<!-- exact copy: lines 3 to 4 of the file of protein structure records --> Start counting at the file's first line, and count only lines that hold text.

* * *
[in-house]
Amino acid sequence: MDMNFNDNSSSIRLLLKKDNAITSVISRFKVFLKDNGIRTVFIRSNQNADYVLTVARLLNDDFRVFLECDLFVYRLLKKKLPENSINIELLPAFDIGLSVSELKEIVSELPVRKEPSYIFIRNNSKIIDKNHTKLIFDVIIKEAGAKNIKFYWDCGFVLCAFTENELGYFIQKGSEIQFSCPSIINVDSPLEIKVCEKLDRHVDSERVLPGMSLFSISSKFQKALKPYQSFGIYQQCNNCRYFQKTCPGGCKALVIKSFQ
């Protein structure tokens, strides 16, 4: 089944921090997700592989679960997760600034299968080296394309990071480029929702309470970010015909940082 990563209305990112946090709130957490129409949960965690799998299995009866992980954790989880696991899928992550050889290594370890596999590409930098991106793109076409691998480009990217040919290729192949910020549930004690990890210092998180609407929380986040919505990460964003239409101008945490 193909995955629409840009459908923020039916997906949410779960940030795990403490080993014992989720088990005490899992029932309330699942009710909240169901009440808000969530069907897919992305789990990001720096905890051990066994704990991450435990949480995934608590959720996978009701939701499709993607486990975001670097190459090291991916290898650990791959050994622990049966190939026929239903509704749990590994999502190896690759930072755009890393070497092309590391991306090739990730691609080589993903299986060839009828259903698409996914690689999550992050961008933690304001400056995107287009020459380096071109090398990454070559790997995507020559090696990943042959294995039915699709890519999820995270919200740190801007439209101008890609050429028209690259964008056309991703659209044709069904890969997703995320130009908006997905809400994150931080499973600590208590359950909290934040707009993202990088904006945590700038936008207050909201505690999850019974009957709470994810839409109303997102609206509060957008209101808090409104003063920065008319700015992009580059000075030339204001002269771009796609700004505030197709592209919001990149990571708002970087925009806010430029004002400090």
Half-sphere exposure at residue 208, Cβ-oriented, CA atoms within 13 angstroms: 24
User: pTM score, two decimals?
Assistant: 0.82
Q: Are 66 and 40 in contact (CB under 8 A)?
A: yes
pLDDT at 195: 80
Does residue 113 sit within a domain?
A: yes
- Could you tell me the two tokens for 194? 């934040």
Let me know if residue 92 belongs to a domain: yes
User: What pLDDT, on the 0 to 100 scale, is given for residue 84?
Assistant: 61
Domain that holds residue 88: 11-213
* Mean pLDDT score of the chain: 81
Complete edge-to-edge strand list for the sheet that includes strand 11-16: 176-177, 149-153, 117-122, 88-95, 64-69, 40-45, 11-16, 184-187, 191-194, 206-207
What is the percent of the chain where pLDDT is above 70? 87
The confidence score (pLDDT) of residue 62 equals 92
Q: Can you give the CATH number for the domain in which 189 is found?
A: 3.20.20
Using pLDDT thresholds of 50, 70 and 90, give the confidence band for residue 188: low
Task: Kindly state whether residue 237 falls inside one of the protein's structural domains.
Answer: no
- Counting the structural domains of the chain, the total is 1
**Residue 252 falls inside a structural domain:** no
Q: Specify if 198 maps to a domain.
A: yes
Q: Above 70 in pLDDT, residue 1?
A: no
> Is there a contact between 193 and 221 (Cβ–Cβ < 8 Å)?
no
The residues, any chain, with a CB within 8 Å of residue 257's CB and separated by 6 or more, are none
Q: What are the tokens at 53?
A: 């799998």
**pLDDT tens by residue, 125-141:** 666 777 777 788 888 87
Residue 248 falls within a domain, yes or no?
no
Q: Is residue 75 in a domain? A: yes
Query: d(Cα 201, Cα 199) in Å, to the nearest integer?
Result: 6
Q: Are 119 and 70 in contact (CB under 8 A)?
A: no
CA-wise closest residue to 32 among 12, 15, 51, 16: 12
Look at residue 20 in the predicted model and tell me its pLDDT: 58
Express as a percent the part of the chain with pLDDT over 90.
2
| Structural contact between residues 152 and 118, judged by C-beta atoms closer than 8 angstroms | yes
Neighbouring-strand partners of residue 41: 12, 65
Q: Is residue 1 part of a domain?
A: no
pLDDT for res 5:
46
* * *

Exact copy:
């Protein structure tokens, strides 16, 4: 089944921090997700592989679960997760600034299968080296394309990071480029929702309470970010015909940082 990563209305990112946090709130957490129409949960965690799998299995009866992980954790989880696991899928992550050889290594370890596999590409930098991106793109076409691998480009990217040919290729192949910020549930004690990890210092998180609407929380986040919505990460964003239409101008945490 193909995955629409840009459908923020039916997906949410779960940030795990403490080993014992989720088990005490899992029932309330699942009710909240169901009440808000969530069907897919992305789990990001720096905890051990066994704990991450435990949480995934608590959720996978009701939701499709993607486990975001670097190459090291991916290898650990791959050994622990049966190939026929239903509704749990590994999502190896690759930072755009890393070497092309590391991306090739990730691609080589993903299986060839009828259903698409996914690689999550992050961008933690304001400056995107287009020459380096071109090398990454070559790997995507020559090696990943042959294995039915699709890519999820995270919200740190801007439209101008890609050429028209690259964008056309991703659209044709069904890969997703995320130009908006997905809400994150931080499973600590208590359950909290934040707009993202990088904006945590700038936008207050909201505690999850019974009957709470994810839409109303997102609206509060957008209101808090409104003063920065008319700015992009580059000075030339204001002269771009796609700004505030197709592209919001990149990571708002970087925009806010430029004002400090």
Half-sphere exposure at residue 208, Cβ-oriented, CA atoms within 13 angstroms: 24